1. 1. 1High gain metal-only reflectarray antenna composedof multiple rectangular groovesYong Heui Cho , Woo Jin Byuny, Myung Sun SongyDepartment of Electrical and Computer Engineering, University of Massachusetts Amherst, on sabbatical leavefrom School of Information and Communication Engineering, Mokwon University, KoreayMillimeter-Wave Research Team, Electronics and Telecommunications Research Institute, KoreaAbstract—Using an overlapping T-block method based onmode-matching technique and virtual current cancellation, thescattering formulations for a metal-only reflectarray antennacomposed of multiple rectangular grooves are rigorously pre-sented in fast convergent integrals. By matching the normalboundary conditions at boundaries, we get the simultaneousequations of the TE and TM modal coefficients for plane-waveincidence and Hertzian dipole excitation. A metallic-rectangular-grooves based reflectarray fed by a pyramidal horn antennawas fabricated and measured with near-field scanning, thusresulting in 42.3 [dB] antenna gain at f = 75 [GHz]. Our circularreflectarray has 30 [cm] diameter and 5,961 rectangular grooveson its metal surface. The simultaneous equations for a Hertziandipole feed are solved to approximately obtain the radiationcharacteristics of a fabricated reflectarray. The measured resultsare compared with those of the overlapping T-block method andthe FDTD simulation and they show favorable agreements interms of radiation patterns and antenna gain.I. INTRODUCTIONIn the millimeter-wave frequency bands, there have beena lot of interesting applications in the fields of broadbandradio links for backhaul networking of cellular base stations,Gbps-class Wireless Personal Area Network (WPAN), andmillimeter-wave imaging to detect concealed weapons andnon-metal objects [1]-[4]. Especially, 70 and 80 GHz commu-nication systems within 1-mile distance will play an importantrole in the next-generation wireless networks, because the cellsite connectivity will require more than 1 Gbps data rates.For these millimeter-wave bands, a well-designed antennafor narrow beamwidth and high antenna gain is essential tocompensation for severe free-space path loss and to preventionagainst signal interference. Although a high gain antennacan be manufactured by the concept of a parabolic reflectorantenna, a reflectarray antenna has been extensively studiedin [5]-[8], due to the fact that the reflectarray technologyhas several advantages such as low profile, low cost, easymanufacturing, low feeding loss, and simple controllability ofmainbeam and polarization.Th reflectarray antenna in [5] consists of rectangular waveg-uide arrays and a feed waveguide to reflect electromagneticwaves efficiently. The phases of reflected waves are controlledbased on the variation of a surface impedance. In view ofa transmission line theory, the variation of waveguide depthresults in that of surface impedance at the end of each waveg-uide. This indicates that reradiated waves can be designedin the predefined way and then the high-gain antenna with11,µεInfinite flangePECa2b2xy22,µεdiθIncidenceziφφθ, xyFig. 1. Geometry of a metallic rectangular groove in a perfectly conductingplanevery low loss can be easily implemented. Modern reflectarrays[6]-[8] have the same operational principle of the originalreflectarray [5]. In addition, the metal-only high gain antennasin [8], [9] were proposed for the millimeter-wave bands, wherethe loss characteristics are very important to maintain goodcommunication links.In this work, we propose a novel analytic approach suitablefor a metal-only metallic-rectangular-grooves based reflectar-ray. A two-dimensional (2D) metal-only reflectarray antennahas already been analyzed and fabricated in [8]. In orderto analyze the problem of a three-dimensional (3D) metal-only metallic-rectangular-grooves based reflectarray, we willintroduce an overlapping T-block method [8], [10] based onmode-matching technique, virtual current cancellation, andsuperposition principle, thereby obtaining analytic scatteringequations in rapidly convergent and numerically efficient inte-grals. In view of mode-matching and Green’s function, we canrepresent the discrete modal expansions for closed regions andthe continuous wavenumber spectra for open regions. Usingvirtual current cancellation by means of virtual PEC coversrelated to closed regions, the vector potential formulations foropen regions are easily evaluated. To apply the superpositionprinciple, we divide multiple rectangular grooves into severalsimple T-blocks and a source block [8], [10].II. FIELD REPRESENTATIONS FOR SINGLE GROOVELet’s consider the TE plane-wave incidence (Ez = 0) withincident angles, i and i, shown in Fig. 1. The time conven-tion e i!t is suppressed throughout. The incident magnetic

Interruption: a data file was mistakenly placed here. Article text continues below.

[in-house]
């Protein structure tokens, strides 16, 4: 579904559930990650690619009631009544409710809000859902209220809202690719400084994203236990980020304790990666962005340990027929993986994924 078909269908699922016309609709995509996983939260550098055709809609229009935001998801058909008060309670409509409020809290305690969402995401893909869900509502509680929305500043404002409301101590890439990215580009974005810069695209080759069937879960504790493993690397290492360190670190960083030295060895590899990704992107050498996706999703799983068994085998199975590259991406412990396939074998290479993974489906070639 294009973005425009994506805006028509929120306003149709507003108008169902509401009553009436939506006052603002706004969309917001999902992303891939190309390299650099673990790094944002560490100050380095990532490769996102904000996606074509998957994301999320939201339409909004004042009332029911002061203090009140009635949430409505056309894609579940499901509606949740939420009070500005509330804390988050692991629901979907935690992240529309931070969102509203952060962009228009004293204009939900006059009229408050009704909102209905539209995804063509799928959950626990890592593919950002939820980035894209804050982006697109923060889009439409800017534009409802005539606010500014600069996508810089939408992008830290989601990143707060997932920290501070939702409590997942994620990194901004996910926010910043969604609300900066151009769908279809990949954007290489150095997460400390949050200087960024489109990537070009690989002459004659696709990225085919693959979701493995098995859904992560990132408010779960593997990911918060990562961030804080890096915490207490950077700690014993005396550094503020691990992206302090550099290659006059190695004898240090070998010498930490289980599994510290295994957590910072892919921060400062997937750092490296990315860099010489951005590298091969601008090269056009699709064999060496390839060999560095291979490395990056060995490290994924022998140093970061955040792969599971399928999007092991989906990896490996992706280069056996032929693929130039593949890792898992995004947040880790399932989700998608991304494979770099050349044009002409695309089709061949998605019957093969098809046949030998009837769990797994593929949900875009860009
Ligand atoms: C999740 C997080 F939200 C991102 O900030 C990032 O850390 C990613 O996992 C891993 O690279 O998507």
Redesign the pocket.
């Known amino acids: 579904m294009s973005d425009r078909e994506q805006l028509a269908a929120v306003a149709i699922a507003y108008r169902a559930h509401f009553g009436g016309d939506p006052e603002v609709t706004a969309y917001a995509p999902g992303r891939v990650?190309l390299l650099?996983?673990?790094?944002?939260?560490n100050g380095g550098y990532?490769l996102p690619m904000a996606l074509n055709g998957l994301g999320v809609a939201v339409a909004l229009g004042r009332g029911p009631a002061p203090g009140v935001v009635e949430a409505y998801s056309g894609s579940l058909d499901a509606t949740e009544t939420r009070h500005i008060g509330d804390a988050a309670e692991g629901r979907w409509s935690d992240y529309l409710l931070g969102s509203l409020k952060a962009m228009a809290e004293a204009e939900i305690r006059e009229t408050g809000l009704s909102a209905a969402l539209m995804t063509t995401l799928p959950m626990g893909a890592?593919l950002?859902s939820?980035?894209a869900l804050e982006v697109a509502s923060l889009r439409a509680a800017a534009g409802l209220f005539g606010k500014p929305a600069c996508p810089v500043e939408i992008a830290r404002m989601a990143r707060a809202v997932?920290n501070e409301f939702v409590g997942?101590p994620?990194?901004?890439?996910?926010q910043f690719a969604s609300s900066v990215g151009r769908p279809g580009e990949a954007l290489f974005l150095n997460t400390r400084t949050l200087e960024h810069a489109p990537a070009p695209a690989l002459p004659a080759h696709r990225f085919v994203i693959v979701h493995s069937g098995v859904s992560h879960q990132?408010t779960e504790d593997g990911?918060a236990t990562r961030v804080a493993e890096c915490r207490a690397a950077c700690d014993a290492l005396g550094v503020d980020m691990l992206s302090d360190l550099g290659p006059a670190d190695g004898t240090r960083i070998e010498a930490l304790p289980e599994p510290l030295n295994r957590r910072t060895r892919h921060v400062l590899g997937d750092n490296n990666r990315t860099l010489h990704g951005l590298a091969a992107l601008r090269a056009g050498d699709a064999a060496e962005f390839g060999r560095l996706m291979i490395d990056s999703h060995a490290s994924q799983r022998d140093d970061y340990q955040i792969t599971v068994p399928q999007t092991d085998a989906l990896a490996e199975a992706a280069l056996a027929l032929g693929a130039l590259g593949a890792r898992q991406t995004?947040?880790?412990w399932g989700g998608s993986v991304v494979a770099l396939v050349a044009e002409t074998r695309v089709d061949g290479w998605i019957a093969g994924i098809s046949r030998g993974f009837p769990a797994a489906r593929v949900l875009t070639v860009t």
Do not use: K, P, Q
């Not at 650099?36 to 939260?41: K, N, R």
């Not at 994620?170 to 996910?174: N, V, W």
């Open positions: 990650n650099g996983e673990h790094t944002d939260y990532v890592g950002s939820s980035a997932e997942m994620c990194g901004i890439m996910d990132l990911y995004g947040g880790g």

2. 2. 2field isHi(x;y;z) = 12eiki r^i ; (1)where the incident angles, i and i, are defined as i =and i = + in terms of the - and -axes,ki = k2 (sin i cos i^x + sin i sin i^y cos i^z) (2)^i = cos i cos i^x cos i sin i^y sin i^z ; (3)r = x^x + y^y + z^z, k2 = !p 2 2, and 2 =p2= 2. Theincident electric field for the TE plane-wave is also formulatedasEi (x;y;z) = ( sin i^x + cos i^y)eiki r : (4)In order to match boundary conditions efficiently, we definethe reflected electromagnetic waves from a perfectly conduct-ing plane at z = 0 asHr(x;y;z) = 12eikr r^r (5)Er(x;y;z) = (sin i^x cos i^y)eikr r ; (6)wherekr = k2 (sin i cos i^x + sin i sin i^y + cos i^z) (7)^r = cos i cos i^x + cos i sin i^y sin i^z : (8)Similar to the TE plane-wave, we obtain the TM incident andreflected plane-waves (Hz = 0) as, respectively,Ei(x;y;z) = eiki r^i (9)Er(x;y;z) = eikr r^r : (10)Considering the TE (ui) and TM (vi) polarizations, the inci-dent and reflected electric fields are represented asEi(x;y;z) =h(ui sin i + vi cos i cos i)^x+ (ui cos i vi cos i sin i)^yvi sin i^zieiki r (11)Er(x;y;z) =h(ui sin i + vi cos i cos i)^x(ui cos i vi cos i sin i)^yvi sin i^zieikr r ; (12)where ui and vi are polarization constants for the TE and TMmodes, respectively.Since all electromagnetic fields can be formulated withcorresponding electric and magnetic vector potentials, weintroduce the electric vector potentials for regions (I) (z < 0)and (II) (z 0) illustrated in Fig. 1 asFIz (x;y;z) = 11Xm=01Xn=0qmn cosam(x + a)cosbn(y + b)sin mn(z + d)uxy(a;b) (13)FIIz (x;y;z) = 21Xm=01Xn=0smnhHmn(x;y;z)+ RHmn(x;y;z)i; (14)b2PECsurfacea222 ,µεdVirtualPECcover11,µεRadiationboundaryxn ˆˆ =xyzyn ˆˆ −=Fig. 2. Artificial geometry for virtual current cancellationwhere m+n 6= 0, qmn and smn are the unknown TE modal co-efficients for regions (I) and (II), respectively, am = m =(2a),bn = n =(2b), mn =pk21 a2m b2n, k1 = !p 1 1,uxy(a;b) = u(x+a) u(x a)] u(y+b) u(y b)], and u( )is a unit-step function. Enforcing the Hz field continuity atz = 0 yieldssmn = qmn sin( mnd) ; (15)where we presume that RHmn(x;y;0) = 0,Hmn(x;y;z) = ei mnz cosam(x + a)cosbn(y + b)uxy(a;b) ; (16)and mn =pk22 a2m b2n. Note that Hmn(x;y;z) in (16)is formulated with virtual PEC covers placed at ( a xa;y = b;z > 0) and (x = a; b y b;z > 0)shown in Fig. 2. Even though the virtual PEC covers in Fig.2 are absent from the original geometry illustrated in Fig. 1,the PEC covers are artificially inserted to accommodate thefield formulations which will be described in (17). In orderto make the fields Hmn(x;y;z) + RHmn(x;y;z) continuousfor z > 0, we define a scattered component RHmn(x;y;z)which is implicitly related to Hmn(x;y;z). Adding the vir-tual PEC covers inevitably generates the unwanted surfacecurrent densities on ( a x a;y = b;z > 0) and(x = a; b y b;z > 0). By means of the Green’sfunction, RHmn(x;y;z) is utilized to remove a current densityJ(r) (= ( @2@z2 + k22)Hmn(r)^z ^n) produced by the Hz-fielddiscontinuities. Then,@2@z2 + k22 RHmn(x;y;z)= i! r A(r)z component=Z @2@z02 + k22 Hmn(r0) @@nhGxxA (r;r0)idr0 ; (17)where ^n is an outward normal unit vector denoted in Fig.2 and GxxA (r;r0) indicates the x-directional Green functionexcited by the x-directed source in terms of a magnetic vector